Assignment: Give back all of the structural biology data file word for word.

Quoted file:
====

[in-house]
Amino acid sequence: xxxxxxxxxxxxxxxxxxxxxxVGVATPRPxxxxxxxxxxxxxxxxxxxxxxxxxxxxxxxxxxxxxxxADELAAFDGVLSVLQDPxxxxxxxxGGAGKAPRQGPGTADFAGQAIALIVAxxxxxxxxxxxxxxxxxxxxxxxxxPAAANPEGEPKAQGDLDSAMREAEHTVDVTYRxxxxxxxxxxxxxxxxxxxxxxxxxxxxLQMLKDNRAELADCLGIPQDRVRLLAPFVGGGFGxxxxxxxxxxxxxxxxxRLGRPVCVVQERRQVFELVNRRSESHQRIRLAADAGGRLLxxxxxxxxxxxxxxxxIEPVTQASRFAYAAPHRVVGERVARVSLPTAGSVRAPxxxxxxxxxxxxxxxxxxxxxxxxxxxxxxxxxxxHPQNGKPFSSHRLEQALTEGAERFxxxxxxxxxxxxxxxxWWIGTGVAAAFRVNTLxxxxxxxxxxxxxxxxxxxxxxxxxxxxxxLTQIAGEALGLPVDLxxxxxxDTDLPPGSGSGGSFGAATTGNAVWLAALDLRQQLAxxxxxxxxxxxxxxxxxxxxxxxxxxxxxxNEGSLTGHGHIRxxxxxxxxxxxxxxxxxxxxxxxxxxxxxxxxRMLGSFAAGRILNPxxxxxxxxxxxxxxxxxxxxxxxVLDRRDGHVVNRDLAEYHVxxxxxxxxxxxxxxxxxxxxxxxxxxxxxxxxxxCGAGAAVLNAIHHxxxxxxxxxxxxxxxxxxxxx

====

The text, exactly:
[in-house]
Amino acid sequence: xxxxxxxxxxxxxxxxxxxxxxVGVATPRPxxxxxxxxxxxxxxxxxxxxxxxxxxxxxxxxxxxxxxxADELAAFDGVLSVLQDPxxxxxxxxGGAGKAPRQGPGTADFAGQAIALIVAxxxxxxxxxxxxxxxxxxxxxxxxxPAAANPEGEPKAQGDLDSAMREAEHTVDVTYRxxxxxxxxxxxxxxxxxxxxxxxxxxxxLQMLKDNRAELADCLGIPQDRVRLLAPFVGGGFGxxxxxxxxxxxxxxxxxRLGRPVCVVQERRQVFELVNRRSESHQRIRLAADAGGRLLxxxxxxxxxxxxxxxxIEPVTQASRFAYAAPHRVVGERVARVSLPTAGSVRAPxxxxxxxxxxxxxxxxxxxxxxxxxxxxxxxxxxxHPQNGKPFSSHRLEQALTEGAERFxxxxxxxxxxxxxxxxWWIGTGVAAAFRVNTLxxxxxxxxxxxxxxxxxxxxxxxxxxxxxxLTQIAGEALGLPVDLxxxxxxDTDLPPGSGSGGSFGAATTGNAVWLAALDLRQQLAxxxxxxxxxxxxxxxxxxxxxxxxxxxxxxNEGSLTGHGHIRxxxxxxxxxxxxxxxxxxxxxxxxxxxxxxxxRMLGSFAAGRILNPxxxxxxxxxxxxxxxxxxxxxxxVLDRRDGHVVNRDLAEYHVxxxxxxxxxxxxxxxxxxxxxxxxxxxxxxxxxxCGAGAAVLNAIHHxxxxxxxxxxxxxxxxxxxxx